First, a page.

This worldwide best-selling book highlights the most recent trends and developments in global marketing-with an emphasis on the importance of teamwork between marketing and all the other functions of the business. It introduces new perspectives in successful strategic market planning, and presents additional company examples of creative, market-focused, and customer-driven action. Coverage includes a focus on customer relationship management, partner relationship management, the Internet and its effects and uses, brand building and brand asset management, alternative go-to-market channels, and marketing around the globe. Chapter topics discuss building customer satisfaction, market-oriented strategic planning, analyzing consumer markets and buyer behavior, dealing with the competition, designing pricing strategies and programs, and managing the sales force For marketing managers who want to increase their understanding of the major issues of strategic, tactical, and administrative marketing-along with the opportunities and needs of the marketplace in the years ahead.
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Philip Kotler is one of the world's leading authorities on marketing. He is the S. C. Johnson & Son Distinguished Professor of International Marketing at the Kellogg School of Management, Northwestern University. He received his masters degree at the University of Chicago and his Ph.D. at MIT, both in economics. He did postdoctoral work in mathematics at Harvard University and in behavioral science at the University of Chicago.
Dr. Kotler is the co-author of Principles of Marketing and Marketing: An Introduction. His Strategic Marketing for Nonprofit Organizations, now in its fifth edition, is the best seller in that specialized area. Dr. Kotler's other books include Marketing Models; The New Competition; Marketing Professional Services; Strategic Marketing for Educational Institutions; Marketing for Health Care Organizations; Marketing Congregations; High Visibility, Social Marketing; Marketing Places; The Marketing of Nations; Marketing for Hospitality and Tourism; Standing Room Only—Strategies for Marketing the Performing Arts; Museum Strategy and Marketing; Marketing Moves; and Kotler on Marketing.
In addition, he has published more than one hundred articles in leading journals, including the Harvard Business Review, Sloan Management Review, Business Horizons, California Management Review, the Journal of Marketing, the Journal of Marketing Research, Management Science, the Journal of Business Strategy, and Futurist. He is the only three-time winner of the coveted Alpha Kappa Psi award for the best annual article published in the Journal of Marketing.
Professor Kotler was the first recipient of the American Marketing Association's (AMA) Distinguished Marketing Educator Award (1985). The European Association of Marketing Consultants and Sales Trainers awarded him their Prize for Marketing Excellence. He was chosen as the Leader in Marketing Thought by the Academic Members of the AMA in a 1975 survey. He also received the 1978 Paul Converse Award of the AMA, honoring his original contribution to marketing. In 1995, the Sales and Marketing Executives International (SMEI) named him Marketer of the Year. In 2002, Professor Kotler received the Distinguished Educator Award from The Academy of Marketing Science. He has received honorary doctoral degrees from Stockholm -University, the University of Zurich, Athens University of Economics and Business, DePaul University, the Cracow School of Business and Economics, Groupe H.E.C. in Paris, the Budapest School of Economic Science and Public Administration, and the University of Economics and Business Administration in Vienna.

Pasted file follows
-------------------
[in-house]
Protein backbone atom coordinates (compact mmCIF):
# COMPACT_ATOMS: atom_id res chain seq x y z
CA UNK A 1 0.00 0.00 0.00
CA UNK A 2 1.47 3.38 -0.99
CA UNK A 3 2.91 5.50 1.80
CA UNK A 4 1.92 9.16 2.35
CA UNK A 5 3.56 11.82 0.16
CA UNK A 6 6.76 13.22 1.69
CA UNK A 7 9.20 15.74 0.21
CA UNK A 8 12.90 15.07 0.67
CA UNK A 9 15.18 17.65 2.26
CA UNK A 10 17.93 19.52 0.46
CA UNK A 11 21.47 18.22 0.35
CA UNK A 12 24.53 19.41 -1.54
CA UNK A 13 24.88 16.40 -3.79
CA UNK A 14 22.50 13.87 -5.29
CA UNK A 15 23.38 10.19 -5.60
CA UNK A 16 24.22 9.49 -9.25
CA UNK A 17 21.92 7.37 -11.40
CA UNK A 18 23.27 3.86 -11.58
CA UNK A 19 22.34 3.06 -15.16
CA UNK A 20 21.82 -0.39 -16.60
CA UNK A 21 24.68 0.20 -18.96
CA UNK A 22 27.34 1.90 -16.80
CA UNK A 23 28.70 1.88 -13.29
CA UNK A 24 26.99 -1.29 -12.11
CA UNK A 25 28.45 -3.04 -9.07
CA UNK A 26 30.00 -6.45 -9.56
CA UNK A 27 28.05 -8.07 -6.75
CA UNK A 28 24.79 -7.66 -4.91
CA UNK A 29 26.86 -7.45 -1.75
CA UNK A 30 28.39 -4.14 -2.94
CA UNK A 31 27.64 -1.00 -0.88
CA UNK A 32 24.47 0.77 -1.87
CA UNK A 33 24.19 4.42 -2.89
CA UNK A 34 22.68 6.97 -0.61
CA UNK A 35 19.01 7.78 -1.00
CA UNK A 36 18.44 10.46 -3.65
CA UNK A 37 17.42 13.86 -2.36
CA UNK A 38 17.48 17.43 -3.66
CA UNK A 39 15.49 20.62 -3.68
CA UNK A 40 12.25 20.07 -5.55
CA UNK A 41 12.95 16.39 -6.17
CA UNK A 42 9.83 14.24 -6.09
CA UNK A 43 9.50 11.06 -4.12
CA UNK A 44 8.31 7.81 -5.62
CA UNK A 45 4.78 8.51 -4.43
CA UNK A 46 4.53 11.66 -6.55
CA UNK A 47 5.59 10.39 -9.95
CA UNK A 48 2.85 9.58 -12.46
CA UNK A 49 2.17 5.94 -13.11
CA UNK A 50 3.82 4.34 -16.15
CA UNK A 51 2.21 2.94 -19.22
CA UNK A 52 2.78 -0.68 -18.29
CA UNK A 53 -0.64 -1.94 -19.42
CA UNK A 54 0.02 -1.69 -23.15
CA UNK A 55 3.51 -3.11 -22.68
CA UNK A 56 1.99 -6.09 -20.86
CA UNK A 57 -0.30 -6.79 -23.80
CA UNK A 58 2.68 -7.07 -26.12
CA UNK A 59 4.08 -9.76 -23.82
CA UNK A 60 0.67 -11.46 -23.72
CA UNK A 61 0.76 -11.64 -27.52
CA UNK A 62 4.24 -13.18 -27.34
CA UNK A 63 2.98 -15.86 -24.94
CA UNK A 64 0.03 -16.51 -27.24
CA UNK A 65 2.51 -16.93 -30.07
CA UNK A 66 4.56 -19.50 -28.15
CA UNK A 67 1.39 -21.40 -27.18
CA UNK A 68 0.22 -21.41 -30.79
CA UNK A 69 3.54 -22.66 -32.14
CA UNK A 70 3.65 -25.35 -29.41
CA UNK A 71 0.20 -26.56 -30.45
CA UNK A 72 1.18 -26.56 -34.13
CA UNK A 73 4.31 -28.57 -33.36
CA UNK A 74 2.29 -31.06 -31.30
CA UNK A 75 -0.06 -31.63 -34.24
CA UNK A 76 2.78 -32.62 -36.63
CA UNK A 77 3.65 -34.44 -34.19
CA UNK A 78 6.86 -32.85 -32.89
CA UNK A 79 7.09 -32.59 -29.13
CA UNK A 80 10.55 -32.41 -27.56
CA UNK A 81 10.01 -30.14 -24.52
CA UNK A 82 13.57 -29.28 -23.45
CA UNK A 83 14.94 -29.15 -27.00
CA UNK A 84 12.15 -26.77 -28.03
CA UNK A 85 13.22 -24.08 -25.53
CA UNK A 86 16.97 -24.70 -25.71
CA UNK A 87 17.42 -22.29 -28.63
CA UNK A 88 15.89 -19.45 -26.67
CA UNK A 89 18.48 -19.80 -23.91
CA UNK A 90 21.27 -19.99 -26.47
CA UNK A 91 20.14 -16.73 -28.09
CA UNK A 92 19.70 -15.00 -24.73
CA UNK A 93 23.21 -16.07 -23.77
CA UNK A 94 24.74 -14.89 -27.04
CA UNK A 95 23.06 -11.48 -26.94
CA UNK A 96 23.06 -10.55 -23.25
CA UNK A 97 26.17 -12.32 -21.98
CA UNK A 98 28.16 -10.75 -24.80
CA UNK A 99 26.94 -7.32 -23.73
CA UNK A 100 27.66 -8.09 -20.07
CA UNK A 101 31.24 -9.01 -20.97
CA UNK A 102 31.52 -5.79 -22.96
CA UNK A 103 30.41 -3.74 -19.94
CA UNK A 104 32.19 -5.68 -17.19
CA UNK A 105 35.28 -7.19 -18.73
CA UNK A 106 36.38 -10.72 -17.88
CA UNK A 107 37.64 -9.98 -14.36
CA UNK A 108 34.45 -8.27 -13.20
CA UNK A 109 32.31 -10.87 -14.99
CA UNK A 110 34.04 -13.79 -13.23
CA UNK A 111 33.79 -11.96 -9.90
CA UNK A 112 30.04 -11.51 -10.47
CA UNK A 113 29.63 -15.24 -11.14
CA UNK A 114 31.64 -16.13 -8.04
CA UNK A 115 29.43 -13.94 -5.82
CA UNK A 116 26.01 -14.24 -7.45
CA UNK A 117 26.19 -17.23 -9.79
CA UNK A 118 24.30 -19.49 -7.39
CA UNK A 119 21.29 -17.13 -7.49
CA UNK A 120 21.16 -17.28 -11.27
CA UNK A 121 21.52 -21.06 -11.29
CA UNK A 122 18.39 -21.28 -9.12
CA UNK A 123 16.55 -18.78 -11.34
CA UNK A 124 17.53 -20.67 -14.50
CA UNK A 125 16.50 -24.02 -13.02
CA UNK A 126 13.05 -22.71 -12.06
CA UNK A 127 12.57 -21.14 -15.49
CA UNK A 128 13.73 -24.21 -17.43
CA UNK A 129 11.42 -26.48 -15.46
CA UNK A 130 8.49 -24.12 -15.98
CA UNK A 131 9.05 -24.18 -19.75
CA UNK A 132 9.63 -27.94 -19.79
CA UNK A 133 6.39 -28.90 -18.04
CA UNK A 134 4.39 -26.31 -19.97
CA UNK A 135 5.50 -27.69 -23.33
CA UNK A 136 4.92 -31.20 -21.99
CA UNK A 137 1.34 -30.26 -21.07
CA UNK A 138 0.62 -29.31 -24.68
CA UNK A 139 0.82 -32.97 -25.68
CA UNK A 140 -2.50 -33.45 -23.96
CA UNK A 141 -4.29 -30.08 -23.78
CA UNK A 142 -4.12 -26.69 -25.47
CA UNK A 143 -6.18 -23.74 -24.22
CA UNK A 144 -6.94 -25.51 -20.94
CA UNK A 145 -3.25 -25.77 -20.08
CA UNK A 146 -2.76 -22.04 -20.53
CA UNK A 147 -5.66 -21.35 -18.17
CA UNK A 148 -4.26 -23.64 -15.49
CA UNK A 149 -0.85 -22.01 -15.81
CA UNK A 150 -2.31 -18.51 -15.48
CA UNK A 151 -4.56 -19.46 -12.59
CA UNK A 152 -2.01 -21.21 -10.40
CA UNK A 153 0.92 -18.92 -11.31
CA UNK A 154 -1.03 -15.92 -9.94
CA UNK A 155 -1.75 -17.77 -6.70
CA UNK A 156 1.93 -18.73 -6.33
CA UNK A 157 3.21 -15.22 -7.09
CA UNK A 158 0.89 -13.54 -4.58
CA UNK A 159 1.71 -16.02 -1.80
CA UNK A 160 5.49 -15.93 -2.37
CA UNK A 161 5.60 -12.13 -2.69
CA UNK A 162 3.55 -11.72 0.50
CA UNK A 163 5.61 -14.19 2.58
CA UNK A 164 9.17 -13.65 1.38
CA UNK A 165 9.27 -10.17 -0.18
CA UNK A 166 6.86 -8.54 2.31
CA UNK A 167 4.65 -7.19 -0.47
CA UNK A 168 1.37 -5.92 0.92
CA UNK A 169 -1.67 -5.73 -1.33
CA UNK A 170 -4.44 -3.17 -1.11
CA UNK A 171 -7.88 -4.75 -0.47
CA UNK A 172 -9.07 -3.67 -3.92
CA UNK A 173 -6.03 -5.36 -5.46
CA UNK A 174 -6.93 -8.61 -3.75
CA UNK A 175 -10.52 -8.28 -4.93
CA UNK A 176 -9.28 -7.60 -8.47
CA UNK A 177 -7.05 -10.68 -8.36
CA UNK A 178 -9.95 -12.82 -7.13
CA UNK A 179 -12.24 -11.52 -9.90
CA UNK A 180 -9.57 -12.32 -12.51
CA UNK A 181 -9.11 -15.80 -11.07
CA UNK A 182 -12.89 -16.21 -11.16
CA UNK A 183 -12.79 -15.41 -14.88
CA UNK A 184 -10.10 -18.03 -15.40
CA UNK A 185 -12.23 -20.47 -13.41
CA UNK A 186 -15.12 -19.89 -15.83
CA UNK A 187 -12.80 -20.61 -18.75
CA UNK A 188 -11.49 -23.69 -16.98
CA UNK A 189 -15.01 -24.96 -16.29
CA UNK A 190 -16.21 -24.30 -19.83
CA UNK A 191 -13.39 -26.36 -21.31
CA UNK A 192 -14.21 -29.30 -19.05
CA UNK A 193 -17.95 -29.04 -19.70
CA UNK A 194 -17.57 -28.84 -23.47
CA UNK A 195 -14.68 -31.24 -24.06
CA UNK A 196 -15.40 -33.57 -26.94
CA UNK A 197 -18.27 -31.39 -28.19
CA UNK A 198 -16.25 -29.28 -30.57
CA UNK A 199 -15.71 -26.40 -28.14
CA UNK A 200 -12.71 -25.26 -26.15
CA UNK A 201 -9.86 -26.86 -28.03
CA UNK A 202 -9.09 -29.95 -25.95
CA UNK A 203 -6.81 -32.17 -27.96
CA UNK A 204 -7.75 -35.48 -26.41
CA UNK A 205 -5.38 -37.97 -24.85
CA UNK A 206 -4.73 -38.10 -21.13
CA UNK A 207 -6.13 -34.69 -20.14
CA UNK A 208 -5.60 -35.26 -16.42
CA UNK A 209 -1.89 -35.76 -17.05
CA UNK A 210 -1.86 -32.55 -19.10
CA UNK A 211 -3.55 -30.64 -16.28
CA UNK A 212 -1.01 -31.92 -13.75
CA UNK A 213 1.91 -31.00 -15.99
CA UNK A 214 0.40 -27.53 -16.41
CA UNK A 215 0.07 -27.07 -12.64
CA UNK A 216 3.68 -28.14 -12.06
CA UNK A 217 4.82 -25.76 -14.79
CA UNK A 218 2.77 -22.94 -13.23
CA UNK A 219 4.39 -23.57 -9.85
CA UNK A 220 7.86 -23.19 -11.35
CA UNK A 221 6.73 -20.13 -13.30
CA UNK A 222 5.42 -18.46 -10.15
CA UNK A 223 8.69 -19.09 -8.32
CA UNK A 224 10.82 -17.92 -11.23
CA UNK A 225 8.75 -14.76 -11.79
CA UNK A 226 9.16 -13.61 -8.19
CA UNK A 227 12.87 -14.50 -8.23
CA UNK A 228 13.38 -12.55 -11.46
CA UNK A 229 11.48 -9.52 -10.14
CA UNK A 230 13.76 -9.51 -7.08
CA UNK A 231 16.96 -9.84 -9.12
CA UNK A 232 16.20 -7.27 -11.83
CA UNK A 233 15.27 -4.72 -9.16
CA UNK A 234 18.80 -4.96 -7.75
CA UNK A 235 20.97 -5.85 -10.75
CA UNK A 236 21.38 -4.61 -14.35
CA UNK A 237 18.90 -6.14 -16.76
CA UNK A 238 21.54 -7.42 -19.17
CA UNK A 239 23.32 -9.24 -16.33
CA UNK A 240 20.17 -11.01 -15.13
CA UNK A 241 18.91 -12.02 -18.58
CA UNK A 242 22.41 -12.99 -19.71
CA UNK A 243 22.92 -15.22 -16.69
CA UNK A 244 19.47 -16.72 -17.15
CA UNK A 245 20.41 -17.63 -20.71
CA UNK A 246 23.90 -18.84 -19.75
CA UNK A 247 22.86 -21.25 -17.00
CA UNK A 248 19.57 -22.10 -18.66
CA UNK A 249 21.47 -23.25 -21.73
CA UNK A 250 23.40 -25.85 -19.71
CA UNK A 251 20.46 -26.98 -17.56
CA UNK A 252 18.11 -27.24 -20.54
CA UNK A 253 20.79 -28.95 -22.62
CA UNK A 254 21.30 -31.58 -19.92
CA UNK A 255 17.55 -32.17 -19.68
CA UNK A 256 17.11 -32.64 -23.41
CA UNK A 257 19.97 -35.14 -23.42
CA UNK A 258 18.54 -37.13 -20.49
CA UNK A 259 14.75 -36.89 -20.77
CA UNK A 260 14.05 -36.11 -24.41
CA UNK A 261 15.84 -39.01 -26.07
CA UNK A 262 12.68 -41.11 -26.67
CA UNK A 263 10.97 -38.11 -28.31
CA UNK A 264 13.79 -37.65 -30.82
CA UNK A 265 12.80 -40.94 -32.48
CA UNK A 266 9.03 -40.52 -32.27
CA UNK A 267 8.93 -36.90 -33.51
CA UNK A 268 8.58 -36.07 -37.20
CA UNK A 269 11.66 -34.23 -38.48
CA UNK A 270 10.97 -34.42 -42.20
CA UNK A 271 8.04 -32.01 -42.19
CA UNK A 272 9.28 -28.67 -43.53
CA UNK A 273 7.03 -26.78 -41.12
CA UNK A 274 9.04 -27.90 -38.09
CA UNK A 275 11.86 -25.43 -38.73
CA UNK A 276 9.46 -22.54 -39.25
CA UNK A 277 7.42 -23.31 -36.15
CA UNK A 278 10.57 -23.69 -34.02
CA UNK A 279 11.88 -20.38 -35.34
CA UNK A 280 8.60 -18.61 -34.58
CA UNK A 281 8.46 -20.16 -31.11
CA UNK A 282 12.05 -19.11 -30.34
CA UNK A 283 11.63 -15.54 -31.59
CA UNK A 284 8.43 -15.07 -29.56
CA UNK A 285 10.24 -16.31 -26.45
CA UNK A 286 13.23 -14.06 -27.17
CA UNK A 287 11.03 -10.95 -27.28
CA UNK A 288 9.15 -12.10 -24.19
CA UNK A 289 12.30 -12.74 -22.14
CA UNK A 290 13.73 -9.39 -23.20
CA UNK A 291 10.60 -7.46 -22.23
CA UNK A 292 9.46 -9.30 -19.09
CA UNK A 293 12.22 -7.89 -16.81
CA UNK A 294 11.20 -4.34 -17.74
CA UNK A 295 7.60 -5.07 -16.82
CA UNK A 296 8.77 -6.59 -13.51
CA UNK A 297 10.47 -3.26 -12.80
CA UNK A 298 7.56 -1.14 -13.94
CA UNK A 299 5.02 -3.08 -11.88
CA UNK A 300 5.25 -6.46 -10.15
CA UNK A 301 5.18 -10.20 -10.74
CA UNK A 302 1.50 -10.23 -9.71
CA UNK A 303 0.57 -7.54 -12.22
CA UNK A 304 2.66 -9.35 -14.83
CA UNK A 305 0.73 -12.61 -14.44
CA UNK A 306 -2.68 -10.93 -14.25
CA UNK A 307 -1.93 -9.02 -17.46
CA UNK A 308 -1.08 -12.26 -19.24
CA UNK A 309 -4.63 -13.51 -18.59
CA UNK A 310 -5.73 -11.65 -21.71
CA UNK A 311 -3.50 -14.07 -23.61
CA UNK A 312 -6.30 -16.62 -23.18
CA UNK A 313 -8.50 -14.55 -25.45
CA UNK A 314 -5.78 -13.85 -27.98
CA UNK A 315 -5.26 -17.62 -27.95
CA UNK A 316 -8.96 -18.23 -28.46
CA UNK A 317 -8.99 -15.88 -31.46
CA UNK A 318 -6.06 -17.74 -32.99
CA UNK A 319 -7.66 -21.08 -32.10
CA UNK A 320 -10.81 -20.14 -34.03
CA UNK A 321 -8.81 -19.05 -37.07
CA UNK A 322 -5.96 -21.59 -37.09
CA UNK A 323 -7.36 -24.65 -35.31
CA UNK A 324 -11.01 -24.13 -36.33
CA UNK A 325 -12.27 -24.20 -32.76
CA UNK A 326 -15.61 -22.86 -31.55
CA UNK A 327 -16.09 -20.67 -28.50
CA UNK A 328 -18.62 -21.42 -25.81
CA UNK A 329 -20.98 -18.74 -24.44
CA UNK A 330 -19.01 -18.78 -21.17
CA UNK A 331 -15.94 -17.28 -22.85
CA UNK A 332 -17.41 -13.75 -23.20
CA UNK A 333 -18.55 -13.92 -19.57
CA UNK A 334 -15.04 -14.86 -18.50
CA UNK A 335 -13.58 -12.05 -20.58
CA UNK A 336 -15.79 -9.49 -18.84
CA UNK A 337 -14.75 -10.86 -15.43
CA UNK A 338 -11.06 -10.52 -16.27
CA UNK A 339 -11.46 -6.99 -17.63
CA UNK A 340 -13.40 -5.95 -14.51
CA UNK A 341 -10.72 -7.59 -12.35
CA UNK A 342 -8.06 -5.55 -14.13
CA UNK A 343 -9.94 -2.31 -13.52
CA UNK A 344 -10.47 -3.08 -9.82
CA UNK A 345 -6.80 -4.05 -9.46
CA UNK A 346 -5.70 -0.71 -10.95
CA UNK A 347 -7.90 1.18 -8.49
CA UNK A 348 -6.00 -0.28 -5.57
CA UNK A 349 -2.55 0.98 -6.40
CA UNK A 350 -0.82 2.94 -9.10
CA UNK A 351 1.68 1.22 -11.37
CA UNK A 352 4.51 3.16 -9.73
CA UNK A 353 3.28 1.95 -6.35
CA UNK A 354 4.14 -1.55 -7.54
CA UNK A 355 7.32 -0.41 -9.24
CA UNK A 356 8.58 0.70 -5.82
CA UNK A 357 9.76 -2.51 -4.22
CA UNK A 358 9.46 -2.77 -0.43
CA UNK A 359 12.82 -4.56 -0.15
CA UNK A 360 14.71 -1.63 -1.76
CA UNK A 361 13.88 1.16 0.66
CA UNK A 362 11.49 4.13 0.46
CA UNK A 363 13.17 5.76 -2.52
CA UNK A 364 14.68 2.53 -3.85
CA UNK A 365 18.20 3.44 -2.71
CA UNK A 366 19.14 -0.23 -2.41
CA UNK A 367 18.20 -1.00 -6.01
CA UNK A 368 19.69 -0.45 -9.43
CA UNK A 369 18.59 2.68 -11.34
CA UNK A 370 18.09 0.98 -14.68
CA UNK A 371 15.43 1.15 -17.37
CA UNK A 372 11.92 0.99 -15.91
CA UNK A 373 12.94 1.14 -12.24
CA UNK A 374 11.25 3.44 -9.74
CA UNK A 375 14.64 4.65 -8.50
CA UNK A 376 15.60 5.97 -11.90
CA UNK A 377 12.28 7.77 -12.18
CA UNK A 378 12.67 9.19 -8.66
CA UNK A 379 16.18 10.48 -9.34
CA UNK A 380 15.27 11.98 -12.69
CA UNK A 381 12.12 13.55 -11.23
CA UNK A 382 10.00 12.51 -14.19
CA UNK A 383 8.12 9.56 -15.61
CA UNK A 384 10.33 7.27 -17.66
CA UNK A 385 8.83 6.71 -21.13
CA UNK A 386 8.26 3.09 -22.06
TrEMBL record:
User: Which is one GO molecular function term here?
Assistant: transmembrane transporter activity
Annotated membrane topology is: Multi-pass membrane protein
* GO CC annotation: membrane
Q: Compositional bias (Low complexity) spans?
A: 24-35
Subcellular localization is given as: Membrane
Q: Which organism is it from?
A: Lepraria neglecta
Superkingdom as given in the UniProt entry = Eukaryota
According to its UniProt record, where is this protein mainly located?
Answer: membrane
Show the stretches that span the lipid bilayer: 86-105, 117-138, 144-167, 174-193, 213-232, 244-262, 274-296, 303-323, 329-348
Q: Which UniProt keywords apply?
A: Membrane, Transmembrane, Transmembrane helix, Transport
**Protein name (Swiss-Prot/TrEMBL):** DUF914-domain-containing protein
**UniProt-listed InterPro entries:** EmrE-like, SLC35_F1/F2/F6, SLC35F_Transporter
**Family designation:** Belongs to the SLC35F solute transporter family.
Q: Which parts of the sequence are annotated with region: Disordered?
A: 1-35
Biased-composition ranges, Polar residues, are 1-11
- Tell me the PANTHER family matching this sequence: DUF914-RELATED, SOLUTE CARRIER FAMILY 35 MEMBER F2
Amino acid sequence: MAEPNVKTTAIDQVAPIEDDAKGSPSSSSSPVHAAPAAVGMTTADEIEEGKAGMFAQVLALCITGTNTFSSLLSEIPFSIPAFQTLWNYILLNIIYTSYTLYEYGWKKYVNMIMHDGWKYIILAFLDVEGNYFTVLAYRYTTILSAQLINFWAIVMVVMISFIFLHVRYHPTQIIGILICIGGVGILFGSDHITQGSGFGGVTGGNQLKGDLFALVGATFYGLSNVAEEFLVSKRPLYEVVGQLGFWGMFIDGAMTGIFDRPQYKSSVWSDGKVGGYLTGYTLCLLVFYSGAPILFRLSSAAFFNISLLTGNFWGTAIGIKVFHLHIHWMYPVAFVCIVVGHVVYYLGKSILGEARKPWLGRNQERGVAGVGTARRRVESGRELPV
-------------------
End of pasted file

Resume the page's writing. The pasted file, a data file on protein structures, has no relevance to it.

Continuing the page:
Professor Kotler has been a consultant to many major U.S. and foreign companies, including IBM, General Electric, AT&T, Honeywell, Bank of America, Merck, SAS Airlines, Michelin, and others in the areas of marketing strategy and planning, marketing organization, and international marketing.
He has been Chairman of the College of Marketing of the Institute of Management Sciences, a Director of the American Marketing Association, a Trustee of the Marketing Science Institute, a Director of the MAC Group, a member of the Yankelovich Advisory Board, and a member of the Copernicus Advisory Board. He is a member of the Board of Governors of the School of the Art Institute of Chicago and a member of the Advisory Board of the Drucker Foundation. He has traveled extensively throughout Europe, Asia, and South America, advising and lecturing to many companies about global marketing opportunities.Excerpt. © Reprinted by permission. All rights reserved.:
Recently the CEO of a major corporation told me he still likes to refer to the first edition of Marketing Management, published in 1967, a book he used in graduate school. When he asked me to sign his copy, I obliged but told him I would be signing an antique. So much has changed since I first wrote it. Granted it introduced the concept that companies must be customer-and-market driven, but it left out today's marketplace dynamics. There was no mention of segmentation, targeting, and positioning. The Internet did not exist, nor did, for example, debit cards, smart cards, cellular phones, personal digital assistants, hypercompetition, cyberconsumers, customer equity, customer value analysis, customer relationship management, price transparency, value networks, hybrid channels, supply chain management, viral marketing, integrated marketing communication, and mobile marketing.
Even if some people question the existence of a new economy, they need to acknowledge the new elements in today's marketplace. The Internet has multiplied the number of ways consumers buy and companies sell and how companies carry on their businesses. The Internet has increased customer price sensitivity. Cellular phones have enabled people to exchange messages and buy and sell on the go. Companies face competitors from a growing number of countries, who offer lower prices and equal quality for their products and services. We are witnessing a precipitous decline in the effectiveness of mass advertising as a result of the explosion of communication channels. Companies are trying to reduce their sales forces (the most expensive way to sell) by encouraging customers to use lower-cost channels (telephone and online ordering). Store-based retailers, such as small bookstores, music stores, and travel agents, are in a daily struggle against online competitors. All industries are experiencing hypercompetition, dog-eat-dog pricing. Company margins have thinned considerably, and power is clearly shifting to customers, who are increasingly telling companies what product features they want, what communications they will tolerate, what incentives they expect, and what prices they will pay.